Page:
Oasys accepts no responsibility for the content of any external site that links to or from this site.

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Software Licensing Terms

Terms and Conditions of Purchase

The full conditions of purchase and maintenance for all Oasys software are set out in the Oasys Software Licence and Support Agreement. All prices are subject to TAX at the current rate.

Prices and specifications are subject to change without notice – please ask for a written quotation.

Although every care has been taken to ensure the accuracy of all information contained herein, the contents do not form or constitute a representation, warranty, or part of any contract.

Superseded Versions of Terms and Conditions

Oasys keeps copies of all superseded versions of its terms and conditions.

Maintenance & Support Services

Twelve months support and maintenance is included with most products. Thereafter maintenance is typically 20% of the current sales price.

An annual maintenance service is available for most programs after the first year.

This service includes:

  • telephone/fax/email/web based support
  • free software updates available via internet download
  • personalised output header for many products

Office Building Evacuation Modelling

Software Used on this Project

Project Overview

This case study is originally a Oasys competition entry.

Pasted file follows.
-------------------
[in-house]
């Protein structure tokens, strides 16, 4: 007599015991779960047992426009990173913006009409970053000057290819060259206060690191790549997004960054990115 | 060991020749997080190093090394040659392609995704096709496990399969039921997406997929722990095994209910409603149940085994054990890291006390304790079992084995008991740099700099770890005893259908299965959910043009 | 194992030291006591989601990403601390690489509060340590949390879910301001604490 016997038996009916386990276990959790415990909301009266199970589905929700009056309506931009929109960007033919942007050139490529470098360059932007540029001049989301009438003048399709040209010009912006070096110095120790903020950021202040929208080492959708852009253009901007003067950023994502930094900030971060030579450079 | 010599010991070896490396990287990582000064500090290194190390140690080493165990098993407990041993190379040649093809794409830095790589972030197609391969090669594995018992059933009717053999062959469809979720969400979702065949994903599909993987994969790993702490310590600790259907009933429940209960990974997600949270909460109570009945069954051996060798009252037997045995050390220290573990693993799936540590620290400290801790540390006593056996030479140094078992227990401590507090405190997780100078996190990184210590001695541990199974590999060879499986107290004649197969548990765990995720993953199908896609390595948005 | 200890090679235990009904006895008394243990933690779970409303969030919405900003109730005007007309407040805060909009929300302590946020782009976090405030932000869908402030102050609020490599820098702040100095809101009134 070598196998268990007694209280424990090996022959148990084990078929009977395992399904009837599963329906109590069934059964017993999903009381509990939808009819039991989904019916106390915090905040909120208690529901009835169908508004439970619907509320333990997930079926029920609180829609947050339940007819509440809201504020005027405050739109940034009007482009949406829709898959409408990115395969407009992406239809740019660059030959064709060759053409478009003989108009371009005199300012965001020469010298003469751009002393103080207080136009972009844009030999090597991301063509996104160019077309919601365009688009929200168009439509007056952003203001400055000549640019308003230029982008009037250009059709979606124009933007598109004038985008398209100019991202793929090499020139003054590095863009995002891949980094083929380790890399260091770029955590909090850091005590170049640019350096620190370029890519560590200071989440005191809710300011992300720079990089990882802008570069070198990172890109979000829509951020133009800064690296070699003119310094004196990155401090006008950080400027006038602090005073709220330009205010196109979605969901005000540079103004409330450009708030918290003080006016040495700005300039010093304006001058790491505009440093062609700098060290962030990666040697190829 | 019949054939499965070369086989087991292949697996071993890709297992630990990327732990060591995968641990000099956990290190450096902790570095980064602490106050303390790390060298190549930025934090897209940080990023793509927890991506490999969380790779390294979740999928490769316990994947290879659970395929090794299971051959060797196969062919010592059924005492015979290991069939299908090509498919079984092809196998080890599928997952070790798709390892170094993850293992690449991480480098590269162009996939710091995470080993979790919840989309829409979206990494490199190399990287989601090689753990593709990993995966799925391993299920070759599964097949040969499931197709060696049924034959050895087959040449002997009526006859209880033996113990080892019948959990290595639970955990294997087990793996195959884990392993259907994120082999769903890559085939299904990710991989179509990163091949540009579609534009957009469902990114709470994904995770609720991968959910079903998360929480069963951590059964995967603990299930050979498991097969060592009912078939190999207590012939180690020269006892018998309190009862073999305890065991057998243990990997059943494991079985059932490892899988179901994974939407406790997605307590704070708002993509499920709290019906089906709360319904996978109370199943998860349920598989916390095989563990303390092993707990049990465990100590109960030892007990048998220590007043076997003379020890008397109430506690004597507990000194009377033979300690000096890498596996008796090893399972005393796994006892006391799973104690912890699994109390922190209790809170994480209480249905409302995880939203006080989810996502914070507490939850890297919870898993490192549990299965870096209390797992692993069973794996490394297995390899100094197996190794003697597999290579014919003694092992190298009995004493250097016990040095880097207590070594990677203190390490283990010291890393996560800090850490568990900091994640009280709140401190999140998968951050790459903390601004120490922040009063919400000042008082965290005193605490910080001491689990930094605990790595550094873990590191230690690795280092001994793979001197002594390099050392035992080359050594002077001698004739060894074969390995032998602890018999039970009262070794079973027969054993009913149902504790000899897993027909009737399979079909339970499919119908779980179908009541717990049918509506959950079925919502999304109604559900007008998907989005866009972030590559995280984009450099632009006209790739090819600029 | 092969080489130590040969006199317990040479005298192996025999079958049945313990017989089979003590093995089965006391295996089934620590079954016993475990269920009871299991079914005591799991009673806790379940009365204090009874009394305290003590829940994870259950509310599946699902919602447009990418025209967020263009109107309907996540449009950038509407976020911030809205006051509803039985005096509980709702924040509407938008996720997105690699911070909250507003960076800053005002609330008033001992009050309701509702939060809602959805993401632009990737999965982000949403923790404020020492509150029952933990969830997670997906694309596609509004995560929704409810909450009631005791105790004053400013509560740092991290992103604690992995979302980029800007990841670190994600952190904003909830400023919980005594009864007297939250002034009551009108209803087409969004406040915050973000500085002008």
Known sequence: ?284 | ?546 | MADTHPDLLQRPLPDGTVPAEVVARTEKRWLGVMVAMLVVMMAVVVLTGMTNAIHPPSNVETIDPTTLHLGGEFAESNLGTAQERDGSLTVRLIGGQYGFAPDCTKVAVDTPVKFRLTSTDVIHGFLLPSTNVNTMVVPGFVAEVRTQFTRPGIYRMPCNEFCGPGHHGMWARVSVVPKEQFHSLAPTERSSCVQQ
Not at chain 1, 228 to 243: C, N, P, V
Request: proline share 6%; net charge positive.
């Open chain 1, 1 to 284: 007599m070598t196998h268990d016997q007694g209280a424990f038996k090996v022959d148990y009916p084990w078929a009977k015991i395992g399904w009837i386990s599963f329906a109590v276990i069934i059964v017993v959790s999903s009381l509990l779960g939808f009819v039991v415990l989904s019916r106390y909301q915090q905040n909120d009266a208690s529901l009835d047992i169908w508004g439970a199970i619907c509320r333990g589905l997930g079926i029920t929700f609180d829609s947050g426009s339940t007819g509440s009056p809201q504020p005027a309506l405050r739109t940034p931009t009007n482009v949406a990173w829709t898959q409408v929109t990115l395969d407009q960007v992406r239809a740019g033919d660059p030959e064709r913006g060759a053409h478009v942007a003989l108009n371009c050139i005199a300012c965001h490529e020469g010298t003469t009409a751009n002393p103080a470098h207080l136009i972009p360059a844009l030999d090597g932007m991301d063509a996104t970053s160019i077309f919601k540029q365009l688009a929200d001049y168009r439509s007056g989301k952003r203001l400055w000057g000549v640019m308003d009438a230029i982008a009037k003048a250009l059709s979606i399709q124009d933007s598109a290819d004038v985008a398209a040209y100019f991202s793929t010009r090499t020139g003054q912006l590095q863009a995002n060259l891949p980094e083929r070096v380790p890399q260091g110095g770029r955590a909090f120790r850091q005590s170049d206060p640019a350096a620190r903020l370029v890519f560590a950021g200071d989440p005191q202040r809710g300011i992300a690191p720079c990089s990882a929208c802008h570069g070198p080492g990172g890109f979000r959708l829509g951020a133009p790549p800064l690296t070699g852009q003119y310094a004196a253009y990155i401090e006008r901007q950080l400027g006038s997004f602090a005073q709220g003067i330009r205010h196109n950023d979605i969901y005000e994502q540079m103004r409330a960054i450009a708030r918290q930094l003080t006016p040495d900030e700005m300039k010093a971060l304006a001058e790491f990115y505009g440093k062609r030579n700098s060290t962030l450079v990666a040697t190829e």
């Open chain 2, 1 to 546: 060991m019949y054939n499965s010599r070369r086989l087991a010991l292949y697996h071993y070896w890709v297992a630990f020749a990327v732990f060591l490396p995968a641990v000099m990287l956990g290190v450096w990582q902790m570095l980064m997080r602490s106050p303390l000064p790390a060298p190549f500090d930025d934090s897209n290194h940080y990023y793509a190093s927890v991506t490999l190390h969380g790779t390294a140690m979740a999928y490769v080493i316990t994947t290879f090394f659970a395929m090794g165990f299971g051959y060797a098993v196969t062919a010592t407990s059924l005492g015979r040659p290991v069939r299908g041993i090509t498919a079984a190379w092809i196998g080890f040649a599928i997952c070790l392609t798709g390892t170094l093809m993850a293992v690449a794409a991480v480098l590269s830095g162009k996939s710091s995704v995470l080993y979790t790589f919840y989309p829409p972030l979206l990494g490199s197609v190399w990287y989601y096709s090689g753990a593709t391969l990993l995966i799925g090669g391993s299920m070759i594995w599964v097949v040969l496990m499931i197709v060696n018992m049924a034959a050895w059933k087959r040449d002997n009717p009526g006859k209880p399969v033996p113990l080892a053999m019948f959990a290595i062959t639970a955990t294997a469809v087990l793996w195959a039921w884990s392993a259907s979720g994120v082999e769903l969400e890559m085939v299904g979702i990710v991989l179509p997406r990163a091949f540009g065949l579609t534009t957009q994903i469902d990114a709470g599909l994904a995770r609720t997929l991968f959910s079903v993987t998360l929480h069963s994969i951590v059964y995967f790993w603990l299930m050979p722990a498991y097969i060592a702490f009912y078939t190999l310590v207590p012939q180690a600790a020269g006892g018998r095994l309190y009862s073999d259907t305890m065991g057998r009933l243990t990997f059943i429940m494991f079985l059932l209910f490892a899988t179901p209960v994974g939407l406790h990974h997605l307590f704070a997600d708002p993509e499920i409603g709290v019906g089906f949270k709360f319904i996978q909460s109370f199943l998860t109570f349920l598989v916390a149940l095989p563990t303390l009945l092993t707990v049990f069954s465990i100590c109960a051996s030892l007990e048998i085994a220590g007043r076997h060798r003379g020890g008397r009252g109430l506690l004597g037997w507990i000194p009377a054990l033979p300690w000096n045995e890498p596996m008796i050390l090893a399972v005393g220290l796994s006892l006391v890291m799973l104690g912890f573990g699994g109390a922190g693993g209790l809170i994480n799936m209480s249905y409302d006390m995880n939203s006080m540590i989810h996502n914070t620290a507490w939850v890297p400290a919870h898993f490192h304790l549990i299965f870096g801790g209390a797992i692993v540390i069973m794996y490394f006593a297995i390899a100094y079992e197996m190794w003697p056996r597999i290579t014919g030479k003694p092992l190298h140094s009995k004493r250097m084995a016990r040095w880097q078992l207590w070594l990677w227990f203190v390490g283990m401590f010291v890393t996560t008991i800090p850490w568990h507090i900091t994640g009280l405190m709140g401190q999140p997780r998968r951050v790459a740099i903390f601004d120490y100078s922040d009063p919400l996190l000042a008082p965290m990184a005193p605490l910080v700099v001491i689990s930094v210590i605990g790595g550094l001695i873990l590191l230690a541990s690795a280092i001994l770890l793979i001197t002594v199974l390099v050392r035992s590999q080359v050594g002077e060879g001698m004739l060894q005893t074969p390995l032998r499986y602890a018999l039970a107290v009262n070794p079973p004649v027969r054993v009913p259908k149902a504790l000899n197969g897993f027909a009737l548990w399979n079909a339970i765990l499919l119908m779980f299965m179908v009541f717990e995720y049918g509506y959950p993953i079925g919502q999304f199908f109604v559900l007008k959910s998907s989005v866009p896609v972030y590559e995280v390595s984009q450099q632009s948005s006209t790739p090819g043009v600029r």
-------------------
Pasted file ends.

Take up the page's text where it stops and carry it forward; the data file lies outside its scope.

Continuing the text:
This extended abstract gives a brief overview of the evacuation analysis for a new office building build development in London, UK. The proposed design comprises of a large footprint building (160m x 100m) spread across 3 floors which is primarily intended to be used as an office and studio for television. During peak times the building is intended to have a maximum occupancy of 3,700 people.

The principle goals of the client for the building design were to:

  • Promote connectivity between different areas;
  • Increase visual and mobility access to all areas;
  • Promote use of the stairs by not enclosing them (providing lifestyle benefits); and
  • Increase visual ascetics of the space.

To achieve these goals an innovative architectural open plan design was proposed which included a large atrium in the centre of the structure connecting all levels with almost no internal walls or enclosed stairs. All levels are connected via a series of stairs and ramps which link to a central mezzanine level within the atrium.